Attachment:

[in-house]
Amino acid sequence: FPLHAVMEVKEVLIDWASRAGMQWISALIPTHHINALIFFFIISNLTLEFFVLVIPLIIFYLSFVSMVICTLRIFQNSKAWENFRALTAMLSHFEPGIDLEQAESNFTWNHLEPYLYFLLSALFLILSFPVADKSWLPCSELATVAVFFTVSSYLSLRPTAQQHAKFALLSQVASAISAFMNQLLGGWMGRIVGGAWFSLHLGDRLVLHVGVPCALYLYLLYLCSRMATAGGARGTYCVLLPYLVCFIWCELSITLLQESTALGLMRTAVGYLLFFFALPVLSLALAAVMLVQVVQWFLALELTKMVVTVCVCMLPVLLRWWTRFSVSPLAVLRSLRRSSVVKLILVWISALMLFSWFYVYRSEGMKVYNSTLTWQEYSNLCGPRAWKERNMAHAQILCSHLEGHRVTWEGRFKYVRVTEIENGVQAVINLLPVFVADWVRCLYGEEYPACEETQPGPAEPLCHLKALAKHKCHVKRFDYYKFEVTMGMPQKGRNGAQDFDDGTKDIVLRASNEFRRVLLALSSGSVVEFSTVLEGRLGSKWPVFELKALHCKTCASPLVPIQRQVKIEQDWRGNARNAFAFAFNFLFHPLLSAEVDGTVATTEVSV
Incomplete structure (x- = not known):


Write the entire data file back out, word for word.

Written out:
[in-house]
Amino acid sequence: FPLHAVMEVKEVLIDWASRAGMQWISALIPTHHINALIFFFIISNLTLEFFVLVIPLIIFYLSFVSMVICTLRIFQNSKAWENFRALTAMLSHFEPGIDLEQAESNFTWNHLEPYLYFLLSALFLILSFPVADKSWLPCSELATVAVFFTVSSYLSLRPTAQQHAKFALLSQVASAISAFMNQLLGGWMGRIVGGAWFSLHLGDRLVLHVGVPCALYLYLLYLCSRMATAGGARGTYCVLLPYLVCFIWCELSITLLQESTALGLMRTAVGYLLFFFALPVLSLALAAVMLVQVVQWFLALELTKMVVTVCVCMLPVLLRWWTRFSVSPLAVLRSLRRSSVVKLILVWISALMLFSWFYVYRSEGMKVYNSTLTWQEYSNLCGPRAWKERNMAHAQILCSHLEGHRVTWEGRFKYVRVTEIENGVQAVINLLPVFVADWVRCLYGEEYPACEETQPGPAEPLCHLKALAKHKCHVKRFDYYKFEVTMGMPQKGRNGAQDFDDGTKDIVLRASNEFRRVLLALSSGSVVEFSTVLEGRLGSKWPVFELKALHCKTCASPLVPIQRQVKIEQDWRGNARNAFAFAFNFLFHPLLSAEVDGTVATTEVSV
Incomplete structure (x- = not known):